Management Improvement Carnival #134

snow pack on trail in North Cascade National Park

Snow pack on the Helitrope Ridge Trail in North Cascade National Park. Photo by John Hunter.

The Curious Cat Management Improvement Carnival has been published since 2006. We find great management blog posts and share them with you. We hope you find these post interesting and find some new blogs to start reading. You may submitted a post to the management subreddit to have it considered for the next carnival. See more photos from North Cascade National Park, Washington, USA.

  • To Change Culture, Change the System by David Joyce – “Deming learned it’s not a problem of the people it’s a problem of the system that people work within. He found that if you want to change behaviour, then you need to change the system, and change management thinking that creates it. Doing so, culture change is then free.”
  • Customer Engagement is Employee Engagement (and vice versa) by Julian Birkinshaw and Simon Caulkin – “And that was the conclusion: putting every employee in the customer loop on a regular basis could strengthen the entire culture of the company. Every time a Roche employee met with a customer, the employee would leave more engaged in the work of the company.”
  • Looting Factories For Fun and Profit by Bill Waddell – “These sorts of leveraged buyout games have made investment bankers millionaires, and destroyed tens of thousands of manufacturing companies over the last thirty years. It is a legal way to suck all of the value others have created from a company without adding anything.”
  • Why? Such a powerful question by Mishkin Berteig – “This communication is paramount during the Sprint or Cycle but is absolutely mandatory during the planning meeting. A team cannot simply be given a list of instructions to follow. The team needs to understand what their Goal is.”
  • Whoever Experiments Fastest, Wins by Mike Rother – “our current management paradigm tends to seek certainty. How rarely do we hear, ‘I don’t know,’ ‘Let’s observe what happens,’ ‘Not sure yet,’ ‘We’re testing that.’ (it is a shame when people are afraid of saying “I don’t know”John)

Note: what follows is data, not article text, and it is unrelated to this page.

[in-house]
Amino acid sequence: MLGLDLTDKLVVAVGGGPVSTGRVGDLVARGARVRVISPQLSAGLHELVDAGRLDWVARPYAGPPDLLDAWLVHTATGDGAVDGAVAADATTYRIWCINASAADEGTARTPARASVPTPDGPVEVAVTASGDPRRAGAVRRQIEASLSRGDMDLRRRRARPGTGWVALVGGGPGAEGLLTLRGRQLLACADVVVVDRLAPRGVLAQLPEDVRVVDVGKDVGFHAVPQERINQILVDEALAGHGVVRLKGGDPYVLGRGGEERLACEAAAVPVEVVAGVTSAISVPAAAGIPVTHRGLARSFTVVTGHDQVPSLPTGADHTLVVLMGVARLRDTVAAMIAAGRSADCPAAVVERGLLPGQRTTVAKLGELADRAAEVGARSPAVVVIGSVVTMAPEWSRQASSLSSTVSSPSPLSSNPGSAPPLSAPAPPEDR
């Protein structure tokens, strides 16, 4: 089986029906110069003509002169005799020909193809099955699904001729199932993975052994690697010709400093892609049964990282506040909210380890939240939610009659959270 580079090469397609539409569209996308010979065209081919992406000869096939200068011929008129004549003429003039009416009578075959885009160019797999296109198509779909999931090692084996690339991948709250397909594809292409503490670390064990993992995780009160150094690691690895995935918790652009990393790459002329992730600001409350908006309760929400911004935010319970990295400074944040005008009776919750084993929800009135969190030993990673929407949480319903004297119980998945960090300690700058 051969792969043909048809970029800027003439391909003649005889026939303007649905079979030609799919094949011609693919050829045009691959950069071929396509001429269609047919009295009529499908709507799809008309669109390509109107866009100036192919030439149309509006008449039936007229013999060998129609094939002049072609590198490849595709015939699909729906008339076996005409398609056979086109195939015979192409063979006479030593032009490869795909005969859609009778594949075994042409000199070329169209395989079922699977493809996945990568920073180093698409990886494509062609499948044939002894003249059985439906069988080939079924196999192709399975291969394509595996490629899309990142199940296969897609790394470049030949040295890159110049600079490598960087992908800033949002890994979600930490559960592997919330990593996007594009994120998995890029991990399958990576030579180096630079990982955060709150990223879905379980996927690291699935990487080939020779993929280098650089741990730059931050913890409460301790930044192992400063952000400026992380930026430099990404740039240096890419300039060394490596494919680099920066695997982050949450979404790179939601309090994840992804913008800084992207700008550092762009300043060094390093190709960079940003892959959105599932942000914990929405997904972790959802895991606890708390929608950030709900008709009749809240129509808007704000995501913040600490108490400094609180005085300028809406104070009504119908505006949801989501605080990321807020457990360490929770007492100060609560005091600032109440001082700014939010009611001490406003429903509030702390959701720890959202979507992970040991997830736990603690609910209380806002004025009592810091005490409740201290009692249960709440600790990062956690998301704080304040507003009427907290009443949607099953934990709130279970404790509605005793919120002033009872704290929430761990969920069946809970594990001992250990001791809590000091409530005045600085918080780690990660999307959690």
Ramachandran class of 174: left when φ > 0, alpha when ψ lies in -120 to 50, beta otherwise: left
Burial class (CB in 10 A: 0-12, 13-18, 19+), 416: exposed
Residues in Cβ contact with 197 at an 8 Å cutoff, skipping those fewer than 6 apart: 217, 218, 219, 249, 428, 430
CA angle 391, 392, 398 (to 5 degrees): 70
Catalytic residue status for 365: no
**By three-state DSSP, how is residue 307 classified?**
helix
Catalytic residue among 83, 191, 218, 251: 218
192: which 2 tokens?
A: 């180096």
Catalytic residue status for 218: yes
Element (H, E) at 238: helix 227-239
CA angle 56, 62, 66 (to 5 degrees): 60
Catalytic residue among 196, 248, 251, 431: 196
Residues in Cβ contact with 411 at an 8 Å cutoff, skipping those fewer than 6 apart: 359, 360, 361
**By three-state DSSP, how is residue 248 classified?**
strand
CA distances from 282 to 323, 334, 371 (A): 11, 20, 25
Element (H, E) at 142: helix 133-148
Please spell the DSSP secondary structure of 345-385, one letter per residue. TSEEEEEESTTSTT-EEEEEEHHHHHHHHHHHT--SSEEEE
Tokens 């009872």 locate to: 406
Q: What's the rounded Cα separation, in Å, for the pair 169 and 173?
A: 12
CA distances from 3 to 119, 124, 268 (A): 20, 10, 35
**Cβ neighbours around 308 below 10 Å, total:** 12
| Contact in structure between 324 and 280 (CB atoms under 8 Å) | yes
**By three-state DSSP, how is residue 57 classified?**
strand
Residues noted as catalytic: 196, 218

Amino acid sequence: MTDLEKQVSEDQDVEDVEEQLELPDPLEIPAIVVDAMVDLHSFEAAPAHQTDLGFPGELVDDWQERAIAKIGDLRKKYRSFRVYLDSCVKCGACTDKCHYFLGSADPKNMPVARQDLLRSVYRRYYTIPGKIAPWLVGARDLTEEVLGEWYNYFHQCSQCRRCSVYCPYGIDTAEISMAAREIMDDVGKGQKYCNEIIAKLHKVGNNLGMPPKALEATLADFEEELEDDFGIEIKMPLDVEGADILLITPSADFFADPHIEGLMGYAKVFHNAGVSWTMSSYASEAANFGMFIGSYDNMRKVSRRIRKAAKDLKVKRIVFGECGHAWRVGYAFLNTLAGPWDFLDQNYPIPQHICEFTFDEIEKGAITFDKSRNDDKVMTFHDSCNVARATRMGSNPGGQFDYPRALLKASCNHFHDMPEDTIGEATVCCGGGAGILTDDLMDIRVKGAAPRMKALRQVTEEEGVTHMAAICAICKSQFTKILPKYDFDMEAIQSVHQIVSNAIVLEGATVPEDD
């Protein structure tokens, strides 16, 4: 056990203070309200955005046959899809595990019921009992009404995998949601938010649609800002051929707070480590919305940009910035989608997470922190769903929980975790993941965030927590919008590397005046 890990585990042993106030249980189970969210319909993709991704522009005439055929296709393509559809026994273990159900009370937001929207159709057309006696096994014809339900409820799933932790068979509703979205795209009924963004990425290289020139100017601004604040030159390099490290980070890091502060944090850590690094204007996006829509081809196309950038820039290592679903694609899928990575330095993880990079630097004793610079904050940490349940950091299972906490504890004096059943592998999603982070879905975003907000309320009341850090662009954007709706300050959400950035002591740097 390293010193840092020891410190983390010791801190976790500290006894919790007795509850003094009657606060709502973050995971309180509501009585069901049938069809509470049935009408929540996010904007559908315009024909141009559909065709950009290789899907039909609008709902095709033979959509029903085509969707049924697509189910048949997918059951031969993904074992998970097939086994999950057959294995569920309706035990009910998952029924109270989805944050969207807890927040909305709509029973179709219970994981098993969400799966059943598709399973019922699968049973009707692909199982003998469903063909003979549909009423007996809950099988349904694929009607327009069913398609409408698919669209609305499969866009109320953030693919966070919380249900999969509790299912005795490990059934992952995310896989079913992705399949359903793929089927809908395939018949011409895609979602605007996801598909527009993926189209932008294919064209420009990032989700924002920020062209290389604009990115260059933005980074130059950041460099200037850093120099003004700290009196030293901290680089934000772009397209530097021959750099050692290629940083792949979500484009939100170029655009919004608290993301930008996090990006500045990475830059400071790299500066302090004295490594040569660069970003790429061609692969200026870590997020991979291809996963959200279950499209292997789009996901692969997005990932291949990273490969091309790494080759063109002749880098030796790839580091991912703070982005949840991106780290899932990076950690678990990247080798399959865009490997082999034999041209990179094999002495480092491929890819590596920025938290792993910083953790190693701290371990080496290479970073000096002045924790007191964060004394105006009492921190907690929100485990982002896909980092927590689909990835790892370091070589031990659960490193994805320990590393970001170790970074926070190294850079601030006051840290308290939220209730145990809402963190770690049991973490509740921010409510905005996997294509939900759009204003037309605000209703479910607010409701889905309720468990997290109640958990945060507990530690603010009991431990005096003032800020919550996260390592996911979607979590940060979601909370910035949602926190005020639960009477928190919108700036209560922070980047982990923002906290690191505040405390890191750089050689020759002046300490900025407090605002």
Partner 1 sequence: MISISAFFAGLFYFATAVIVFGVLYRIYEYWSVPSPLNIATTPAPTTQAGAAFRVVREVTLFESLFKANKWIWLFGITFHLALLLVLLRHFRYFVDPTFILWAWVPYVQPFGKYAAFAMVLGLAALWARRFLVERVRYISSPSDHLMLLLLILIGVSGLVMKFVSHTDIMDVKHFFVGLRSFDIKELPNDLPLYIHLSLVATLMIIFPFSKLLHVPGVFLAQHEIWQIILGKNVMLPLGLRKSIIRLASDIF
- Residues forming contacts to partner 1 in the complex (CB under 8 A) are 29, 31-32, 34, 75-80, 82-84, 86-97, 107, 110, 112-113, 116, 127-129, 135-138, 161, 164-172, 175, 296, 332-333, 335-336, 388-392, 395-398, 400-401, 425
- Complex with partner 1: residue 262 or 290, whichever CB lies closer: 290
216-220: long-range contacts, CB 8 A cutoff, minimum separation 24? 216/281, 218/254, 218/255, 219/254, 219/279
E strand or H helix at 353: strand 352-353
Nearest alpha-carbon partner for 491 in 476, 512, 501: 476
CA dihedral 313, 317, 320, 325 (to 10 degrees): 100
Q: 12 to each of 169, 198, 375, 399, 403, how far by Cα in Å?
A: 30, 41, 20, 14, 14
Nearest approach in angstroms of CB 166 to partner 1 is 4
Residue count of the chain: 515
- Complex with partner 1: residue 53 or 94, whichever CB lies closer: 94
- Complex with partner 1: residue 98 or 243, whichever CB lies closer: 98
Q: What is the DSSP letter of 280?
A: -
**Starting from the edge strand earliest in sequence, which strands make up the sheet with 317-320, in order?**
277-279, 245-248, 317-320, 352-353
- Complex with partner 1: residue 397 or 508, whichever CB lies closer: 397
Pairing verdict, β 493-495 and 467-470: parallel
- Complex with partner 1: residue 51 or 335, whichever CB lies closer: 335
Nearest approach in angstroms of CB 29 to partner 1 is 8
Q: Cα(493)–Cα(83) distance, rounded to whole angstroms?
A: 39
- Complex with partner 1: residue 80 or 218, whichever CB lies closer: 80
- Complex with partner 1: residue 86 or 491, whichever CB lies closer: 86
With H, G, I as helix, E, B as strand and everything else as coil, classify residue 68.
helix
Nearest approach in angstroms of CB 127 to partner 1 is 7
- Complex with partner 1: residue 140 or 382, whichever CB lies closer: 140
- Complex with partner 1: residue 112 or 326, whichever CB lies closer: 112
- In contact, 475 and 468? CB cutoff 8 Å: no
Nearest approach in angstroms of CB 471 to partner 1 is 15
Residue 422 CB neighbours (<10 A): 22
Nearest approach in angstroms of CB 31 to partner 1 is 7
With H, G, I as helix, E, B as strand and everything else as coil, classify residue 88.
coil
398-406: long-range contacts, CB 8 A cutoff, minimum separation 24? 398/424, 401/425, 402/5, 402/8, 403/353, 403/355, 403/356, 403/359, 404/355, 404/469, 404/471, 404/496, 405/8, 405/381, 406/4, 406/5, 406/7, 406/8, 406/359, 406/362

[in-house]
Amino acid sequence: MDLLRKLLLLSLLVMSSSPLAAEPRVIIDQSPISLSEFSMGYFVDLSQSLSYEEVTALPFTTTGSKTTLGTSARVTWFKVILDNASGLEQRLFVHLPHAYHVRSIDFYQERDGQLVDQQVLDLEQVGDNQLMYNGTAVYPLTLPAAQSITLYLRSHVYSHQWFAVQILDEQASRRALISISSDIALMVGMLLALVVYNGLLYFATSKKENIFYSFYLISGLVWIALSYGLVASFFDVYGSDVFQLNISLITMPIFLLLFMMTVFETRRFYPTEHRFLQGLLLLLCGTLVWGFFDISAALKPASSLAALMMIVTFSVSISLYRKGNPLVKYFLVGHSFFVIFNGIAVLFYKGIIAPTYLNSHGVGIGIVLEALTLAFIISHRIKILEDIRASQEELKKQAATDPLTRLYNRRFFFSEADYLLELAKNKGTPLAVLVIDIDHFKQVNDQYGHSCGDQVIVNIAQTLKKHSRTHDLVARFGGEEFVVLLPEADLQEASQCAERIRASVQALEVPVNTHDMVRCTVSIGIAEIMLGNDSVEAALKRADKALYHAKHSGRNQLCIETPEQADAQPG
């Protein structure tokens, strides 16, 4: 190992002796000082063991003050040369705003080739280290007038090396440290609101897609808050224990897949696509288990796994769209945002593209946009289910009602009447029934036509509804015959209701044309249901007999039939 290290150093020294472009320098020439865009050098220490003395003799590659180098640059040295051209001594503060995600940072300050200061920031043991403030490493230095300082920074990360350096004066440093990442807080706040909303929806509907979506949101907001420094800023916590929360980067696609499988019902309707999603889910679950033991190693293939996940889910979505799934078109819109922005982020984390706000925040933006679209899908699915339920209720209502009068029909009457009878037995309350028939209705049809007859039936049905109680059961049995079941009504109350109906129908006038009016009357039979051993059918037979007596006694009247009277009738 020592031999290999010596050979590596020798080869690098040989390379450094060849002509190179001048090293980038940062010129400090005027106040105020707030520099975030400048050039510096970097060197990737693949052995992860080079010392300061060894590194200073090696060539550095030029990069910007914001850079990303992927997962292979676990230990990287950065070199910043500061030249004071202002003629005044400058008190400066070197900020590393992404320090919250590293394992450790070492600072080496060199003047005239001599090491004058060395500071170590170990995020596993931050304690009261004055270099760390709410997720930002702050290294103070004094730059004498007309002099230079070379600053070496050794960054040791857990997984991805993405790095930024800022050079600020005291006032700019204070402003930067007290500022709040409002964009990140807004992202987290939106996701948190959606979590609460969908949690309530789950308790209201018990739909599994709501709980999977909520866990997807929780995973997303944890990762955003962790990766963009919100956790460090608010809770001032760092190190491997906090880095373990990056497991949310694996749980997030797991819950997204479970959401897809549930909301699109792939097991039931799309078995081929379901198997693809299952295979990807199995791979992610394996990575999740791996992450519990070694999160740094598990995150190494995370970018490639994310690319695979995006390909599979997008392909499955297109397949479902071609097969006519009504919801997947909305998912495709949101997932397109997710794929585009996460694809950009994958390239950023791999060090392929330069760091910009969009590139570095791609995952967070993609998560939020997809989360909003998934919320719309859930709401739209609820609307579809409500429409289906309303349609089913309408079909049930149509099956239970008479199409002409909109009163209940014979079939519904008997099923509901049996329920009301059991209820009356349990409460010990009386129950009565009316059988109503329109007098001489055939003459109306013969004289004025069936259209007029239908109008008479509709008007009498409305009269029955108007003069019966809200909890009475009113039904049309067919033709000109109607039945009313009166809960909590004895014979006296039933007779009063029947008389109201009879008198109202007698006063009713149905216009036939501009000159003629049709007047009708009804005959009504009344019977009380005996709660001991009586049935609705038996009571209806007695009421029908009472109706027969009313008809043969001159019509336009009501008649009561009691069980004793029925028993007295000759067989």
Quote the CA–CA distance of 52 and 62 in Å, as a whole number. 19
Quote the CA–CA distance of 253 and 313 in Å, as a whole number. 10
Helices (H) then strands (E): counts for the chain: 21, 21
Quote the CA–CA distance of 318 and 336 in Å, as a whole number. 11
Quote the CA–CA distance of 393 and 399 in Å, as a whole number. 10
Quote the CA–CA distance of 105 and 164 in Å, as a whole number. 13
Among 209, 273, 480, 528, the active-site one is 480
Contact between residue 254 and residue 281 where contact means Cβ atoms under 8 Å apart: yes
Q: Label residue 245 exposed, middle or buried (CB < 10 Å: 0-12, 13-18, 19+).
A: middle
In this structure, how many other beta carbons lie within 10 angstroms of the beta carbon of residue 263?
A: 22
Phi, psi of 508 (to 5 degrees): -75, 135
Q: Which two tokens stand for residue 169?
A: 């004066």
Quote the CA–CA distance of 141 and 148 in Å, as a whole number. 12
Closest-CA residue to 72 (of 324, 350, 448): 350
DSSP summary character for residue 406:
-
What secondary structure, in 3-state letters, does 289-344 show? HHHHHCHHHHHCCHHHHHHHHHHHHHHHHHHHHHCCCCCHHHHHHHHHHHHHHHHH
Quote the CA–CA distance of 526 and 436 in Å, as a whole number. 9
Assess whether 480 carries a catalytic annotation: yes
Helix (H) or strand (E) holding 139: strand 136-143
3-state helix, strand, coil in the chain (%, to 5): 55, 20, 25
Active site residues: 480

• Reflections on the Passing of Eli Goldratt by David Anderson – “I will primarily remember Eli Goldrat as a warm, affectionate, kind, loyal, trusting and respectful man who just happened to care deeply about how people worked together while holding a passion for effective performance of businesses.”
  • Rest in Peace, Eli Goldratt, 1947-2011 by Mark Graban – “Goldratt’s work had a mathematical basis that could be quantified and simulated in ways that were very helpful in manufacturing settings. He was also a leader who challenged people to improve their problem solving and thinking skills, ideas that had far broader applications.”
  • Healthcare professionals are not trained to think systematically about systems by Steve Spear – “In most other sectors (education being another obvious exception), market forces–customers making informed purchase decisions on the basis of reliable functionality, reliability, and cost data–would reward the standouts and punish the less capable. Healthcare doesn’t operate that way.”
  • The aim of leadership is not merely to find and record failures of men by John Hunter – Dr. Deming: “The aim of leadership should be to improve the performance of man and machine, to improve quality, to increase output, and simultaneously to bring pride of workmanship to people.”

Related: successful experimenting: turning the PDSA cycle quicklyToo Much Leverage Killed Mervyns

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